I think that's a really good point, actually, it's this disconnect between the requirements of the IT decision maker or the IT manager, and that of the actual end-user that, you know, the actual workers using the device, and it's very much about now giving capabilities to that end customer, rather than the IT manager who's managing it. Obviously they still need to manage the devices, but we've seen a disconnect between their expectations of how print is used and how actual users want to use print and I think, you know, what you've said there, it's very similar to how OEMs or the print manufacturers have actually developed this A3 strategy around how they can produce the devices and actually have those placed within MPS contracts as well. So I think that's a really good point and we're just saying now, since the pandemic, that kind of influence is changing in terms of who's making the decisions about what devices, not just in print but the technology seeing a lot of shadow IT in terms of users buying their own, you know, whether it's smart phones or their own applications. I think print is also there, but I think if they've got an awareness around, you know, what the impacts of buying their own devices are, particularly with respect to sustainability, I think that will also influence them in that business lives and their decisions around business purchasing. So this leads us nicely to discuss the Usain bolt partnership.

You've just announced him as an ambassador for Epson. Could you give a bit of insight into the motivation for working with Usain. He's an extremely iconic figure. Everybody knows him and, you know, when we look into who could possibly be the ambassador, you know, the positivity around him, you know, his achievements is very very high and you know, his ethics are very similar to ours where we're working with him and his foundation as well to be part of that. So, you know, it started as a consumer ambassadorial role but it will I'm sure, over time it will develop into, not just the consumer, but into the business side and, you know, maybe a projection or scan or, you know, and he will be the ambassador for a much larger part of the portfolio than just the consumer base. Of course, you know, we're all consumers at the end of the day. So, you know, it touches all of us.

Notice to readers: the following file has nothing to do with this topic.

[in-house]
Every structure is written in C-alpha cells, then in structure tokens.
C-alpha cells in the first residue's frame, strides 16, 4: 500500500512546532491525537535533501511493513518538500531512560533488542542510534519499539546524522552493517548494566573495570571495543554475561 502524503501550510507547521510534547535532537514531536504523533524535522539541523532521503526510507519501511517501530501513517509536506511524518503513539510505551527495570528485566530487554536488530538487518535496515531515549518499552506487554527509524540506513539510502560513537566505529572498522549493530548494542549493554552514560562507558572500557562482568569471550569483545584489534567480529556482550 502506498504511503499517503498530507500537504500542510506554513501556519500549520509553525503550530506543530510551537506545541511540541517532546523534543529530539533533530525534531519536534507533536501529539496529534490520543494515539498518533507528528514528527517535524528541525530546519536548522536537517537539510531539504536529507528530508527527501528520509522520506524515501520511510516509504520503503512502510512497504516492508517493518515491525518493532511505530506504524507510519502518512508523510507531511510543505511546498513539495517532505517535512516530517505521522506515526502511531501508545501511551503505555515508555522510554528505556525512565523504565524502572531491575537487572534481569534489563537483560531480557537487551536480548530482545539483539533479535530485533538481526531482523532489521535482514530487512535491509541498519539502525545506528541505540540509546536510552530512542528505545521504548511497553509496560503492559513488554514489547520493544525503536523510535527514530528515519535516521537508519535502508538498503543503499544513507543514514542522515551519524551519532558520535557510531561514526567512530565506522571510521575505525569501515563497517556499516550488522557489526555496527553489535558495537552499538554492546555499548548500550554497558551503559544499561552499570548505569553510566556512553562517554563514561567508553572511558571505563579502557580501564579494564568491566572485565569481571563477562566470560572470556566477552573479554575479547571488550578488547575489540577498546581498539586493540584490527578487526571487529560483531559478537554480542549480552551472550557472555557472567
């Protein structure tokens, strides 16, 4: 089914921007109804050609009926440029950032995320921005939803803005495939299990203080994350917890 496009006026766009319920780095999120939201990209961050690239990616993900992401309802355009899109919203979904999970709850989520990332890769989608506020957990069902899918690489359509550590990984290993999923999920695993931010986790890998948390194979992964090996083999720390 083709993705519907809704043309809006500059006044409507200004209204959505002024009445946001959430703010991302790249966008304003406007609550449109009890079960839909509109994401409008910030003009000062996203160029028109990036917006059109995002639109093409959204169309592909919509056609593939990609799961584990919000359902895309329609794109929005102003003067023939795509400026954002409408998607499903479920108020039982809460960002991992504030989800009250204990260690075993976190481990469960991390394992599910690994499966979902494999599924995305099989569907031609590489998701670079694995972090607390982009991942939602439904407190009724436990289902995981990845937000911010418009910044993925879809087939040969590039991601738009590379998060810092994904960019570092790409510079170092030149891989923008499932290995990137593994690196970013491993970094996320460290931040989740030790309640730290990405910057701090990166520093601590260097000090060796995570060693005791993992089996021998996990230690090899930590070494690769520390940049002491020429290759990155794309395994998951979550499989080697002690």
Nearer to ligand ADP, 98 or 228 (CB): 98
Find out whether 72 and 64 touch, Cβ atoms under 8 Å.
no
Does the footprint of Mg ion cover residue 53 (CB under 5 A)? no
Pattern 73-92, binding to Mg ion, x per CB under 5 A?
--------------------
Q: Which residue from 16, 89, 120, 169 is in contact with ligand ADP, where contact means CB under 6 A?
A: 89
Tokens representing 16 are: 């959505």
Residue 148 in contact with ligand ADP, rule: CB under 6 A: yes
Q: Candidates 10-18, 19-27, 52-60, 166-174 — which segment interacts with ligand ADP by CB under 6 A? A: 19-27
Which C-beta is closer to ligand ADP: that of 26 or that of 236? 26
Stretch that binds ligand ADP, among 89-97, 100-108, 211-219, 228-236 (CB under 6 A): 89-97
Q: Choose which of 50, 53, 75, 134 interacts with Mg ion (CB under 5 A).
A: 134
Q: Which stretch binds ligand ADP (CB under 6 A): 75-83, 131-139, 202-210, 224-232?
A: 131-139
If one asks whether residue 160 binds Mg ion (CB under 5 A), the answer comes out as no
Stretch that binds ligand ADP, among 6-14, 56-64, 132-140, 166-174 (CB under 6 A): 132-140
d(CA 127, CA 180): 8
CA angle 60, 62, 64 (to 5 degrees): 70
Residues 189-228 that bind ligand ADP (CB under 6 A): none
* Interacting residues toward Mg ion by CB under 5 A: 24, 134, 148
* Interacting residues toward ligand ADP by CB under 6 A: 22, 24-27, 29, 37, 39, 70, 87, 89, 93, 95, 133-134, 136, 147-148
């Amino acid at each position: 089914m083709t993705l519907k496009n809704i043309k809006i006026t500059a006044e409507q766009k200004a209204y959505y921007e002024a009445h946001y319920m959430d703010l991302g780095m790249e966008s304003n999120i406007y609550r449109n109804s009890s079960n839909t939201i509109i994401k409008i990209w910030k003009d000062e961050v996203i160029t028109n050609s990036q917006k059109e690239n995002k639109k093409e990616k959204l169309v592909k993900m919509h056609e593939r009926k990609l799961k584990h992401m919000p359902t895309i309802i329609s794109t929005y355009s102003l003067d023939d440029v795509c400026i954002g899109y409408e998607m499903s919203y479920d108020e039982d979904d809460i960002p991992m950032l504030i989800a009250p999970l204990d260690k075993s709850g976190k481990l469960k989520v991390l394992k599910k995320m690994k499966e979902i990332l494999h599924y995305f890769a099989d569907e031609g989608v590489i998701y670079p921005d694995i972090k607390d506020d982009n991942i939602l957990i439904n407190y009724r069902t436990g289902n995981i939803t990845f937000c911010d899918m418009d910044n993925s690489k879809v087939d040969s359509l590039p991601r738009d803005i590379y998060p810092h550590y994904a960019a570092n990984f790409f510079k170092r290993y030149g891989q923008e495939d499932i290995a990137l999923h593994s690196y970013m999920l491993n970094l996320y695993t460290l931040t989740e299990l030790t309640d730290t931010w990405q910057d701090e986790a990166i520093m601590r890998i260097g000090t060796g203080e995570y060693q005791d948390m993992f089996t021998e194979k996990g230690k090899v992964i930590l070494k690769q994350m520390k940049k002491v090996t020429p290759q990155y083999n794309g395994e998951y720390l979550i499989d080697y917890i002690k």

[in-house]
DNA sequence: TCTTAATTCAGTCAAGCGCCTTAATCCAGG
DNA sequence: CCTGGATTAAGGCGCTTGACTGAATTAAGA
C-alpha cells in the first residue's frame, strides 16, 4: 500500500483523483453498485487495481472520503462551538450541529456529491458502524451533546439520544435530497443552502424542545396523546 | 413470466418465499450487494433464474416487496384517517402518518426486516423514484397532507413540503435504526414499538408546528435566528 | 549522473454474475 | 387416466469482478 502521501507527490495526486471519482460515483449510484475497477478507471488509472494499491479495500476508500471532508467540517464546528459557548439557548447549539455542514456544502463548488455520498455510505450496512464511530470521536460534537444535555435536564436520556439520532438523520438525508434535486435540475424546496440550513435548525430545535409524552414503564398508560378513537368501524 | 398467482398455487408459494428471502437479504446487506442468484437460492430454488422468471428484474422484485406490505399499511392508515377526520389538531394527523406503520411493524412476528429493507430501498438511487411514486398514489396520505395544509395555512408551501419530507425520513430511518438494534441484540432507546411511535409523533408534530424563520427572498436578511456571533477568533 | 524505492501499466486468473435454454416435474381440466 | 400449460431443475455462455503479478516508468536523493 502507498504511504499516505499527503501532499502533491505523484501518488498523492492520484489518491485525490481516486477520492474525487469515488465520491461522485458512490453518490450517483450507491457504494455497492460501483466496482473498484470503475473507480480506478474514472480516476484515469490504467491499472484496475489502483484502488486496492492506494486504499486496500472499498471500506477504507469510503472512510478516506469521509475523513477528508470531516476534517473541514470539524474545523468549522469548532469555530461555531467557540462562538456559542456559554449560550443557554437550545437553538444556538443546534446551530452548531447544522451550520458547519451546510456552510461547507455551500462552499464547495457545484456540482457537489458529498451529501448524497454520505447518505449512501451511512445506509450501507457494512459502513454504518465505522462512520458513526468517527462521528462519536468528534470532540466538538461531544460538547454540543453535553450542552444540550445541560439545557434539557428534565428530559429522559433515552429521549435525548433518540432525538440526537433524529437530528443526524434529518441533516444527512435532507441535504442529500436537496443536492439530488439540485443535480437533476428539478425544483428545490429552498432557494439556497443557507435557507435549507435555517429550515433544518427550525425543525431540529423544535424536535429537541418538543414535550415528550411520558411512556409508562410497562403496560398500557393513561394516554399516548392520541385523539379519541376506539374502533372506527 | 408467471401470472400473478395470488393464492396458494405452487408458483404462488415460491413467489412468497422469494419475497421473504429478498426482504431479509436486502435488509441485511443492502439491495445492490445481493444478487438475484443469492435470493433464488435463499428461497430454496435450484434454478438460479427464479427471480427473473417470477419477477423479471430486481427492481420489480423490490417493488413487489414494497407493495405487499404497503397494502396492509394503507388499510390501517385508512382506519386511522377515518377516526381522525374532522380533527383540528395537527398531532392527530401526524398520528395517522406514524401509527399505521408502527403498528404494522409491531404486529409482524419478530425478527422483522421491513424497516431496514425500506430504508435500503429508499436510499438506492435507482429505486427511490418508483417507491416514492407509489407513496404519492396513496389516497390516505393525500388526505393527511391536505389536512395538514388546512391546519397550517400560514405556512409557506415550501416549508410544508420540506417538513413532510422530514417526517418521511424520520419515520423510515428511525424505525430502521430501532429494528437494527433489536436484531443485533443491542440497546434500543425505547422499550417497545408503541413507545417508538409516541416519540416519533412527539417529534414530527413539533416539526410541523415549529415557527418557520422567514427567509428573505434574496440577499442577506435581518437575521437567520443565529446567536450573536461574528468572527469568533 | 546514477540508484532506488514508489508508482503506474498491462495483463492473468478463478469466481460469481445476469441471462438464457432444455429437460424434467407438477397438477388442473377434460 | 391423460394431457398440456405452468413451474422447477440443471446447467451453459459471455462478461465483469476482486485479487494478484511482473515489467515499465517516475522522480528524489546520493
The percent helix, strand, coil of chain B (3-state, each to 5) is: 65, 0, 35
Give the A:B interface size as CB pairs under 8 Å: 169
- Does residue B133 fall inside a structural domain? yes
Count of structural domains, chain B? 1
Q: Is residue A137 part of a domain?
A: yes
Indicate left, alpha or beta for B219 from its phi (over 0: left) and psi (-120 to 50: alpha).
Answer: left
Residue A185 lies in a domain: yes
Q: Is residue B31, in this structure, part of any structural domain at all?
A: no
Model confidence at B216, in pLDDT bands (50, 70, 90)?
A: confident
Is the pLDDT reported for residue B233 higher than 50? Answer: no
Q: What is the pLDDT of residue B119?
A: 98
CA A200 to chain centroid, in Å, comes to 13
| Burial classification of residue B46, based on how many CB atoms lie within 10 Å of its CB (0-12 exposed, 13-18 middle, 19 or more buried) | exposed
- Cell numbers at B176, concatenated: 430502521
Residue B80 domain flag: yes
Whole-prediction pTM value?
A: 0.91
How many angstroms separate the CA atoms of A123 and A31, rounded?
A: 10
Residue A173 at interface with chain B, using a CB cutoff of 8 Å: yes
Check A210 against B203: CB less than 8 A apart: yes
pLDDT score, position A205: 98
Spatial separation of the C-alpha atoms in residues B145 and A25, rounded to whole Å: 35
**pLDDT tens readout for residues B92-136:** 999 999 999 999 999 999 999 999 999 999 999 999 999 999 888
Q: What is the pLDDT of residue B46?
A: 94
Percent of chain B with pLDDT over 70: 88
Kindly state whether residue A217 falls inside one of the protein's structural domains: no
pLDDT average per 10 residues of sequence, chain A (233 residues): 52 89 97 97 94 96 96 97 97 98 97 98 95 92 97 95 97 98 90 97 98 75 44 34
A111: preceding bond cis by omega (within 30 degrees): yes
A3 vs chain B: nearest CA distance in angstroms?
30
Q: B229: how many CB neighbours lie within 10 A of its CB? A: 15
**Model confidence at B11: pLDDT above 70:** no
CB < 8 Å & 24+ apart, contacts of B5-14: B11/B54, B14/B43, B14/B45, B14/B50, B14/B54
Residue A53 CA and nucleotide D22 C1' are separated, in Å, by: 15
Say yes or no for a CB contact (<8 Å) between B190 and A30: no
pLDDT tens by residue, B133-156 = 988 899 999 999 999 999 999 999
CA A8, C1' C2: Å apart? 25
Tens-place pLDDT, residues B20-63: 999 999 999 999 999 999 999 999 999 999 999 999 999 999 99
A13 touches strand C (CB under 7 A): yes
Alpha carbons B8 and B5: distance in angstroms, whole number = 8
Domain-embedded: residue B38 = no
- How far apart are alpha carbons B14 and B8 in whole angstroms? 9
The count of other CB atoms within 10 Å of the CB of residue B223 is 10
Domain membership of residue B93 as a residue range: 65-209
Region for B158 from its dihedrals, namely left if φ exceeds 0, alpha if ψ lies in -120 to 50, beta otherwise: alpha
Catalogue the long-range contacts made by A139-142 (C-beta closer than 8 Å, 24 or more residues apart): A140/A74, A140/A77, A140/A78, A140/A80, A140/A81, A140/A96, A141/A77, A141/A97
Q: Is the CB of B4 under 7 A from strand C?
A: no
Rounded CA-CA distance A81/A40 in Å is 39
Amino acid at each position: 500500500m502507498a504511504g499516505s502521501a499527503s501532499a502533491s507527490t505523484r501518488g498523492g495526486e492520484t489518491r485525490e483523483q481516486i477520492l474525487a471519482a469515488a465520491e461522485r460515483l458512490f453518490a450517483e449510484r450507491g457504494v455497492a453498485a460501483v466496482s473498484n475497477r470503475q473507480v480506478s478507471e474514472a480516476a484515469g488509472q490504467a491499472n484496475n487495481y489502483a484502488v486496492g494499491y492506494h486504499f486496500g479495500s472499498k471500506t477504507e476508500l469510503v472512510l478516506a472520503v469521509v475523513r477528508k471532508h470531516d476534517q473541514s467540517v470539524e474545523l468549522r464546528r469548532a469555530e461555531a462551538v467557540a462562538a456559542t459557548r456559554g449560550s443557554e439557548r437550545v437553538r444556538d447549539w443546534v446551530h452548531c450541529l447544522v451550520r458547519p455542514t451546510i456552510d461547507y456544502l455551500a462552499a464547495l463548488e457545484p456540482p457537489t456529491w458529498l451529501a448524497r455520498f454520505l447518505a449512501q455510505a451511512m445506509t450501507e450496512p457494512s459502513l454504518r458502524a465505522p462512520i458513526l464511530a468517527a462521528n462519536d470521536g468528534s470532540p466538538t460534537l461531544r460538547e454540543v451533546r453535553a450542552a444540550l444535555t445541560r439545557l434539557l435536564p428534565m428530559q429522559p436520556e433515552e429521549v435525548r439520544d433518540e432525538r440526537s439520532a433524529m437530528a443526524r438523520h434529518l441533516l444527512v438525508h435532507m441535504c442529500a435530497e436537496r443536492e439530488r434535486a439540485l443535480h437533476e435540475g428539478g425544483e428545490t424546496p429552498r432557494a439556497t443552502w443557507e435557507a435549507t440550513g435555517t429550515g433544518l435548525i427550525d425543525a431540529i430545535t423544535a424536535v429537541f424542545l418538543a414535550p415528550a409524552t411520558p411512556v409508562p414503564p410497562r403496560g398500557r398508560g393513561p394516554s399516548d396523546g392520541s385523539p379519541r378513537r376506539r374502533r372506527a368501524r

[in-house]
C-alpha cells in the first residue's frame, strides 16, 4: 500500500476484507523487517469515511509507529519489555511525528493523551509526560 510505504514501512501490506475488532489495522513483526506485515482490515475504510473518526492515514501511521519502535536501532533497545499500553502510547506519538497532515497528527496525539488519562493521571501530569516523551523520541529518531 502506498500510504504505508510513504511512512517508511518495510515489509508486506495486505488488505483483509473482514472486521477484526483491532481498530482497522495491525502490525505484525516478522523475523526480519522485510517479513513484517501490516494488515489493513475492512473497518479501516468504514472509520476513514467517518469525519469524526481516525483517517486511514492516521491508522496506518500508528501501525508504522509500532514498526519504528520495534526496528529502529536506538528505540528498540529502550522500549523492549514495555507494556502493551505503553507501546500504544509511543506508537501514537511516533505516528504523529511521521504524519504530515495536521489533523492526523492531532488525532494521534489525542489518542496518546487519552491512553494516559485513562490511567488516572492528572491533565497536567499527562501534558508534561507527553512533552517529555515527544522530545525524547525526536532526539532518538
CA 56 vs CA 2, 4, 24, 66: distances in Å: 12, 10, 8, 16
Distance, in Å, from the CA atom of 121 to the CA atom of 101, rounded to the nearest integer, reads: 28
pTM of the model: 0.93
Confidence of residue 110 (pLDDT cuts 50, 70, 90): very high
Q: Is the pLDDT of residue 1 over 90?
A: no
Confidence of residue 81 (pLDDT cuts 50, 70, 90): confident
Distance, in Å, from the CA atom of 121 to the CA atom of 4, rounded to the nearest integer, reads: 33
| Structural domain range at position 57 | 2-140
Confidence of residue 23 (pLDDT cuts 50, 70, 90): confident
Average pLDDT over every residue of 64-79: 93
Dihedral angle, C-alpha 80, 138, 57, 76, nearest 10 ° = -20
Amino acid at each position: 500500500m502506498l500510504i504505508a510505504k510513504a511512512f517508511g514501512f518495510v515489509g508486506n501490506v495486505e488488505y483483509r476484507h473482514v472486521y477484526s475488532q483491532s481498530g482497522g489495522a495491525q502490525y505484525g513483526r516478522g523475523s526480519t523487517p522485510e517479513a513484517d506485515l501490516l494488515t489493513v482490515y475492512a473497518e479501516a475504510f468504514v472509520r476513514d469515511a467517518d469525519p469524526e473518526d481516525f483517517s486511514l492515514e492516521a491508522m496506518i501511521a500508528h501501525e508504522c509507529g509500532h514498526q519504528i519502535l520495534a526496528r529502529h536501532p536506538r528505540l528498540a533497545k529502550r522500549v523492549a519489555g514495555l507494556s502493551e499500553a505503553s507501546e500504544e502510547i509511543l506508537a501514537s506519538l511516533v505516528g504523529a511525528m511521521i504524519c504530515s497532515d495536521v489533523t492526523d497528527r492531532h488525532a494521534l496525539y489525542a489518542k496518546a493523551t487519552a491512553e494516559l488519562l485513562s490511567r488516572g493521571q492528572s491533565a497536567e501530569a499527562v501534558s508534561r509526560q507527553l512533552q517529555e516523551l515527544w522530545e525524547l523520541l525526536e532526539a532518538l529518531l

We see that ambassadorial role take shape. Yeah. I think it's very much like you say, we're in this kind of B to B to C kind of era now, and, you know, I think this partnership with Usain Bolt where he has the opportunity for Epsion to sort of build that halo effect around its products in the business space as well. So it'd be really interesting to see how that, you know, sort of impacts your sort of your business sales and opportunities as well. But,

you know, I think it's a really great partnership. So Epson obviously has this real sort of strong sustainability focus around business inkjet technology, but I know you've got Paperlab as well, which is all about recycling of paper so could you give a bit of information on how that develops and where that is in the market today? Yeah, this is a really interesting product. I have to say, you know, as I said earlier, I've been working in the printing industry for many years and I've worked for Epson for quite a while as well. This product has had the most interest of any product that we've launched, I think. This is a product that will take in printed paper at one end and it will spit out a clean paper at the other end. So, you know,

the whole idea of being able to close that circle and, you know, provide the print, but also provide the device that turns it back into clean paper. That's really the basis of what this is all about. It's really sparked the imagination of people because they see this as a little bit of the elephant in the room, you know, where we are now able to use paper and on-site, we can then turn it back into into clean paper and it's been a really interesting development for us, and it really has captured the imagination of many, many of our customers.